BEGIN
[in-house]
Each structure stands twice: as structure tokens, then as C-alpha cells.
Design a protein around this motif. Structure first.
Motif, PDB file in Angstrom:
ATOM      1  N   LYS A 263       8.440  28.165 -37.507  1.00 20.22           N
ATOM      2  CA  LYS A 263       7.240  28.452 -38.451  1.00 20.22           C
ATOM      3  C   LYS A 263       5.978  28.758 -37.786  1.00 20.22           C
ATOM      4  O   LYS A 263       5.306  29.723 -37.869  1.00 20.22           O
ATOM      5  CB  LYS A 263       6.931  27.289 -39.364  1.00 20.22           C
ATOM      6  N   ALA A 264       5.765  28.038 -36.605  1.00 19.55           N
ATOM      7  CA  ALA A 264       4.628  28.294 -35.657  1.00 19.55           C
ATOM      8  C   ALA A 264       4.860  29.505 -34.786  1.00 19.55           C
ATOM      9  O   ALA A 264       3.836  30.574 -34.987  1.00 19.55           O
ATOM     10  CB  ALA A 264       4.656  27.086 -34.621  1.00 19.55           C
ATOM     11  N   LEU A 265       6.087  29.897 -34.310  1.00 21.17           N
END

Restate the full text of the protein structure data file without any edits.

[in-house]
Each structure stands twice: as structure tokens, then as C-alpha cells.
Design a protein around this motif. Structure first.
Motif, PDB file in Angstrom:
ATOM      1  N   LYS A 263       8.440  28.165 -37.507  1.00 20.22           N
ATOM      2  CA  LYS A 263       7.240  28.452 -38.451  1.00 20.22           C
ATOM      3  C   LYS A 263       5.978  28.758 -37.786  1.00 20.22           C
ATOM      4  O   LYS A 263       5.306  29.723 -37.869  1.00 20.22           O
ATOM      5  CB  LYS A 263       6.931  27.289 -39.364  1.00 20.22           C
ATOM      6  N   ALA A 264       5.765  28.038 -36.605  1.00 19.55           N
ATOM      7  CA  ALA A 264       4.628  28.294 -35.657  1.00 19.55           C
ATOM      8  C   ALA A 264       4.860  29.505 -34.786  1.00 19.55           C
ATOM      9  O   ALA A 264       3.836  30.574 -34.987  1.00 19.55           O
ATOM     10  CB  ALA A 264       4.656  27.086 -34.621  1.00 19.55           C
ATOM     11  N   LEU A 265       6.087  29.897 -34.310  1.00 21.17           N